For Babies, Copy-Cat Games Provide a Social Compass
Researchers begin to understand infants’ imitations
In 2014 the neuroscientist John O’Keefe won a Nobel Prize for showing that mammals have “place cells” in their brains—an inner mapping system that helps them find their way in the physical world. Now it seems that a particular group of mammals—humans—also have a mapping ability that lets them see themselves in relation to others, thus helping them to navigate in the social world.
It all starts with imitation. In the early 1980s, Andrew Meltzoff, now co-director of the Institute of Learning & Brain Sciences at the University of Washington, found that human babies have an inborn talent for mimicry. Infants just a few days old imitated adults’ facial expressions—and even their finger movements—with surprising accuracy. When Dr. Meltzoff stuck out his tongue or pursed his lips, the newborns did, too.
It’s a handy trick to know that your body and someone else’s have matching moving parts, especially if you’re a newborn who has never looked in a mirror before. But how and why would the human brain be wired to copy what other people do?
Thirty-odd years later, some answers are surfacing. With instruments now available to measure the electrical activity in infants’ brains, Dr. Meltzoff and his colleagues have found that babies have interactive neural maps that match their own bodily sensations to their observations of other people’s movements.
In a paper in the September issue of Trends in Cognitive Sciences, Dr. Meltzoff and Peter Marshall, a professor of psychology at Temple University, discovered that when a 14-month-old baby’s hand was touched, the same region of her brain lighted up as when she saw an adult use his hand to touch something. When the baby watched an adult nudge an object with his foot, there was electrical activity in the region of the brain corresponding to the baby’s perception of her own foot being touched. That study tested 44 14-month-olds, but even much younger babies register a similarity between their own bodies and other people’s, Dr. Meltzoff told me, adding that this recognition may be one root of empathy.
“I think babies are born socially connected,” Dr. Meltzoff said. “They see you moving your hand in the hospital room, and they think ‘I have one of those, and I can move it too!’ It’s an aha! moment. The baby is realizing that he felt that movement in the womb, and this is what it looks like. This starts at birth and flowers as mothers play mutual imitation games with the baby. Parents unconsciously imitate and reflect the babies’ behavior back to them because the babies enjoy it so much. And now we know why.”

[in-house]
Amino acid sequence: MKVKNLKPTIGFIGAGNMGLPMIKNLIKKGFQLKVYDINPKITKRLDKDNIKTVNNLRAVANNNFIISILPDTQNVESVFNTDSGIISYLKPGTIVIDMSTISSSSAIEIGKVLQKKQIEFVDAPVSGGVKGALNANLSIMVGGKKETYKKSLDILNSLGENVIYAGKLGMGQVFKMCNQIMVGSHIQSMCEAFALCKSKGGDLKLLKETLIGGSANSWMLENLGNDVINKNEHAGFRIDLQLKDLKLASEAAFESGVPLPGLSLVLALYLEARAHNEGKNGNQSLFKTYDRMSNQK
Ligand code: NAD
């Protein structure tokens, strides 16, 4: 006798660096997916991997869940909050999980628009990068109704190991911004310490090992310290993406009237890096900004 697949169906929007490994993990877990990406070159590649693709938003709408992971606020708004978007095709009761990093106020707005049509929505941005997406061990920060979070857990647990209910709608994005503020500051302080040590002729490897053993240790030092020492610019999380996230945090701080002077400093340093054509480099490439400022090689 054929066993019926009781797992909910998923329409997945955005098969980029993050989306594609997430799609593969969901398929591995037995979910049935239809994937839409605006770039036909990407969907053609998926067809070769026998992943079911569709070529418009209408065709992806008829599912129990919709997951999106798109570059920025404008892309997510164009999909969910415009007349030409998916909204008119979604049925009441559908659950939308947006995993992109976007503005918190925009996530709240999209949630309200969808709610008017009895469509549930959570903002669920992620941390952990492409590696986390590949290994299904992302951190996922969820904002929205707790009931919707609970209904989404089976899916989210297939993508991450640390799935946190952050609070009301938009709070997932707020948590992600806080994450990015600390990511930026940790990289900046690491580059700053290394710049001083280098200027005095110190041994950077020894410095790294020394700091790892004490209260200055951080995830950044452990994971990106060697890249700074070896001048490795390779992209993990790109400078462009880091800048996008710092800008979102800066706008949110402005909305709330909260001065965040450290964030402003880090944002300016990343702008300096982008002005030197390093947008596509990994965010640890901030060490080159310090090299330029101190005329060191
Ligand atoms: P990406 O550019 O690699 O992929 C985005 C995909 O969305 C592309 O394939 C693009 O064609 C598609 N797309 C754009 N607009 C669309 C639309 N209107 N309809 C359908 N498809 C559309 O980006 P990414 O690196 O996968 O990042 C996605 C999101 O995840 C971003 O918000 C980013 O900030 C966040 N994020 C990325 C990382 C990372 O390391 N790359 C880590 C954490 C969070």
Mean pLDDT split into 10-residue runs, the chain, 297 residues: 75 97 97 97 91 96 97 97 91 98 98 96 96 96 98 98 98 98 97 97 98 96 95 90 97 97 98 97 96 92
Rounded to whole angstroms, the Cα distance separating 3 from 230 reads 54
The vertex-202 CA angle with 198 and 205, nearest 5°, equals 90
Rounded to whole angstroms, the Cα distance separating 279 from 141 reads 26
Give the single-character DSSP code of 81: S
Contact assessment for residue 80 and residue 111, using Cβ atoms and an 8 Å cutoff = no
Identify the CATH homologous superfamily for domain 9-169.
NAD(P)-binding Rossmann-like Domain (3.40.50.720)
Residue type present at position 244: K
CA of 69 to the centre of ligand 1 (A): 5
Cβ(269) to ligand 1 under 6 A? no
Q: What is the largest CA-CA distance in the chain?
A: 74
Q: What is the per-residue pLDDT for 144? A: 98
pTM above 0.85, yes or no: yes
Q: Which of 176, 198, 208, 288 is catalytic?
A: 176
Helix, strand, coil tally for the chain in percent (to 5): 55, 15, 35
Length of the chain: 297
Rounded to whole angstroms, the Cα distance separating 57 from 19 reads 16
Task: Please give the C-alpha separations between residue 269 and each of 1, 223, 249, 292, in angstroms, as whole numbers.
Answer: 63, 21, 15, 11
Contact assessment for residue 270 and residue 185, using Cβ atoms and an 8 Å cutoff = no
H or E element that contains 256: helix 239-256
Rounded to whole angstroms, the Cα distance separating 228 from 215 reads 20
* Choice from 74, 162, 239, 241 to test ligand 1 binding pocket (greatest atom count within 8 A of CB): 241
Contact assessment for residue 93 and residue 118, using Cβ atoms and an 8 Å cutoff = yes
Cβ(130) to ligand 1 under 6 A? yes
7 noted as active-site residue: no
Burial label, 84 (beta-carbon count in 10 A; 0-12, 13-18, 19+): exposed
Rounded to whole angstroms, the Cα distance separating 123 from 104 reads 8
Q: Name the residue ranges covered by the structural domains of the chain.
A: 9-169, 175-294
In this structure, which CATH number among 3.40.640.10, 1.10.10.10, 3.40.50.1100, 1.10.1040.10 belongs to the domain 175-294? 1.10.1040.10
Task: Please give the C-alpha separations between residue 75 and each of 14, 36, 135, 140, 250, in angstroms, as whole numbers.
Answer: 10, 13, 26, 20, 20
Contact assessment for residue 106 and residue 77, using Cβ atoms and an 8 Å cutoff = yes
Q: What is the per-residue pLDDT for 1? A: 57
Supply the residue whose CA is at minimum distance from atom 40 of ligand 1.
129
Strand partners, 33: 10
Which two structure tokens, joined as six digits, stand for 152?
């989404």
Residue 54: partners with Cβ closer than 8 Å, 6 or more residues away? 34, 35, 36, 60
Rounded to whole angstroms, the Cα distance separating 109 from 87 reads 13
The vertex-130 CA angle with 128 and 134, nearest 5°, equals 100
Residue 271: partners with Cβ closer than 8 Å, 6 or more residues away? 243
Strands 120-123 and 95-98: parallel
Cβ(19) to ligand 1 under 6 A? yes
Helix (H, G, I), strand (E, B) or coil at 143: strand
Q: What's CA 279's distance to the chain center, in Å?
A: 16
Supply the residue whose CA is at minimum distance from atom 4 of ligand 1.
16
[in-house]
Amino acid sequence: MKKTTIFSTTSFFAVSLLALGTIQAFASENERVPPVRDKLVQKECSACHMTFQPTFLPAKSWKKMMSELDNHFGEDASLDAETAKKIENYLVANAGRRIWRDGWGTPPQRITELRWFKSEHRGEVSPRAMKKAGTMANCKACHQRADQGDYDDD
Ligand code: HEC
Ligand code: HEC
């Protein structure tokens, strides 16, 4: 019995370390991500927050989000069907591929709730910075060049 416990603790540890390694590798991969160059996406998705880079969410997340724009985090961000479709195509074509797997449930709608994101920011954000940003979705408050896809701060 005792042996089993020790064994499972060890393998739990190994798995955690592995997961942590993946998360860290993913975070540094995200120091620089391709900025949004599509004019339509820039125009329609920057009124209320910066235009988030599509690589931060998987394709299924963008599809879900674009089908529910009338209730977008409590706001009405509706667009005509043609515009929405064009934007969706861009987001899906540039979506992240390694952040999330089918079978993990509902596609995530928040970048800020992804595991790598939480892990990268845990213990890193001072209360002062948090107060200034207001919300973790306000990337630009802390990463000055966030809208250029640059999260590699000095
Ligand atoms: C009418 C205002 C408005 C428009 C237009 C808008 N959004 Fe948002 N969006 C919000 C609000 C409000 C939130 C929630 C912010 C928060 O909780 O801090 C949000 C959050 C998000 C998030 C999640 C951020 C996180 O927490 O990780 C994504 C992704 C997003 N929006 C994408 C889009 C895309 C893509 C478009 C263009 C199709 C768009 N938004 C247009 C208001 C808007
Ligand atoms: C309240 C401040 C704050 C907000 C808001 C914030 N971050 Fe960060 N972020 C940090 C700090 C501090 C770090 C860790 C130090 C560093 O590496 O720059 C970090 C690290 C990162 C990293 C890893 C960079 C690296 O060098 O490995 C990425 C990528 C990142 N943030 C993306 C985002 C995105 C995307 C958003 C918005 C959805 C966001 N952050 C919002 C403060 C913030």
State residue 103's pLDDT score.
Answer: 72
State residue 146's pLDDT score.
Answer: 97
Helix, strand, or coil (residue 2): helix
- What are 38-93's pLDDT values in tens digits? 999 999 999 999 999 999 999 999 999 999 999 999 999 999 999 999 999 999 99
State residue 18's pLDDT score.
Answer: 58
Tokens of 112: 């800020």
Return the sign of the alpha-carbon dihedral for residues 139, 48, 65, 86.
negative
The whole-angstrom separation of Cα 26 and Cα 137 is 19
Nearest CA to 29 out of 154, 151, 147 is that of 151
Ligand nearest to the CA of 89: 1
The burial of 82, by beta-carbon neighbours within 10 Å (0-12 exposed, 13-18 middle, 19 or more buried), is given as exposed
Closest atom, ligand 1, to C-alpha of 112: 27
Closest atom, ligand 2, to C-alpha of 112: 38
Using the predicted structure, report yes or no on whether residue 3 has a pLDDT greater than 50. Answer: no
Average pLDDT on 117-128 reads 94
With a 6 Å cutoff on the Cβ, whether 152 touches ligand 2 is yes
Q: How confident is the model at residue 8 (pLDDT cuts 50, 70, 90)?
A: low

Unwittingly copying someone’s gestures, expressions or mannerisms is called “the chameleon effect.” Research published in the Journal of Experimental Social Psychology and elsewhere shows that adults who practice such mimicry enjoy bigger tips if they work in the service industry and a larger paycheck if they’re engaged in salary negotiations.
Humans clearly have a built-in penchant for synchronizing their actions with those of others. Previous studies by Dr. Meltzoff and colleagues have shown that babies fix their gaze on adults who imitate their actions precisely but are far less interested in adults who react but don’t copy them. Using electroencephalogram technology, the researchers have also shown that imitating babies exactly during turn-taking games elicits a distinctive pattern of electrical activity in the babies’ brains.
Even if there’s no proof yet of “body cells” that orient us toward others the way “place cells” orient us in space, Dr. Meltzoff’s work demonstrates that, as he says, “even a young baby recognizes the distinction between his body and yours, but that the pattern of movements is the same. And that’s the fundamental way he learns to be ‘one of us.’”